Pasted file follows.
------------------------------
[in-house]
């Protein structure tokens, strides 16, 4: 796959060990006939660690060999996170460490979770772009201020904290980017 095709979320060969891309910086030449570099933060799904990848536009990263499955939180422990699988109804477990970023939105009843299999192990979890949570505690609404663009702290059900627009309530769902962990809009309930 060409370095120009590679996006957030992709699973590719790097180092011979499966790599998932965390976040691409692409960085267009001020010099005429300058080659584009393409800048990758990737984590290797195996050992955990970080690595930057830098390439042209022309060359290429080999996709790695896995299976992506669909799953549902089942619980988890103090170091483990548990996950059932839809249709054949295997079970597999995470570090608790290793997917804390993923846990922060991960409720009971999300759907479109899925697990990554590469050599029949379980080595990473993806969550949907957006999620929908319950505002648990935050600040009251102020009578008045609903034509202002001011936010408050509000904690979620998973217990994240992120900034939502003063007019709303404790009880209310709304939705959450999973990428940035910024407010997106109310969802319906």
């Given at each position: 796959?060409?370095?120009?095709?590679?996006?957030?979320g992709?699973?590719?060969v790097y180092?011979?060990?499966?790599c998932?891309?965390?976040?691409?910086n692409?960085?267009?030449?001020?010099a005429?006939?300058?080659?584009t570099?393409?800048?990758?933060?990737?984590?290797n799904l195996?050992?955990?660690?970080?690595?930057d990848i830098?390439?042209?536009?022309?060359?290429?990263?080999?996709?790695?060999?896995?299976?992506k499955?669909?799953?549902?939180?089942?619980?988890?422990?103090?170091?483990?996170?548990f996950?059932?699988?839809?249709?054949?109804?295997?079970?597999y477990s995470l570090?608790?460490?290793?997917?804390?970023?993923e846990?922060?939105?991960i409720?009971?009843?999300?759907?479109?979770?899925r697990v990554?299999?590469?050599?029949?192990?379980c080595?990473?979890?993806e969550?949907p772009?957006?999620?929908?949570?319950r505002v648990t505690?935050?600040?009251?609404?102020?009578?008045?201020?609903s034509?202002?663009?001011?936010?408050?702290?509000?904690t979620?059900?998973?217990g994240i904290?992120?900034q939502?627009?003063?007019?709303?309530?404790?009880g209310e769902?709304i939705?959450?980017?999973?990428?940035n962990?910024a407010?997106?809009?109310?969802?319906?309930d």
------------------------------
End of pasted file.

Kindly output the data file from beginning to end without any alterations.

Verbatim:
[in-house]
């Protein structure tokens, strides 16, 4: 796959060990006939660690060999996170460490979770772009201020904290980017 095709979320060969891309910086030449570099933060799904990848536009990263499955939180422990699988109804477990970023939105009843299999192990979890949570505690609404663009702290059900627009309530769902962990809009309930 060409370095120009590679996006957030992709699973590719790097180092011979499966790599998932965390976040691409692409960085267009001020010099005429300058080659584009393409800048990758990737984590290797195996050992955990970080690595930057830098390439042209022309060359290429080999996709790695896995299976992506669909799953549902089942619980988890103090170091483990548990996950059932839809249709054949295997079970597999995470570090608790290793997917804390993923846990922060991960409720009971999300759907479109899925697990990554590469050599029949379980080595990473993806969550949907957006999620929908319950505002648990935050600040009251102020009578008045609903034509202002001011936010408050509000904690979620998973217990994240992120900034939502003063007019709303404790009880209310709304939705959450999973990428940035910024407010997106109310969802319906």
């Given at each position: 796959?060409?370095?120009?095709?590679?996006?957030?979320g992709?699973?590719?060969v790097y180092?011979?060990?499966?790599c998932?891309?965390?976040?691409?910086n692409?960085?267009?030449?001020?010099a005429?006939?300058?080659?584009t570099?393409?800048?990758?933060?990737?984590?290797n799904l195996?050992?955990?660690?970080?690595?930057d990848i830098?390439?042209?536009?022309?060359?290429?990263?080999?996709?790695?060999?896995?299976?992506k499955?669909?799953?549902?939180?089942?619980?988890?422990?103090?170091?483990?996170?548990f996950?059932?699988?839809?249709?054949?109804?295997?079970?597999y477990s995470l570090?608790?460490?290793?997917?804390?970023?993923e846990?922060?939105?991960i409720?009971?009843?999300?759907?479109?979770?899925r697990v990554?299999?590469?050599?029949?192990?379980c080595?990473?979890?993806e969550?949907p772009?957006?999620?929908?949570?319950r505002v648990t505690?935050?600040?009251?609404?102020?009578?008045?201020?609903s034509?202002?663009?001011?936010?408050?702290?509000?904690t979620?059900?998973?217990g994240i904290?992120?900034q939502?627009?003063?007019?709303?309530?404790?009880g209310e769902?709304i939705?959450?980017?999973?990428?940035n962990?910024a407010?997106?809009?109310?969802?319906?309930d």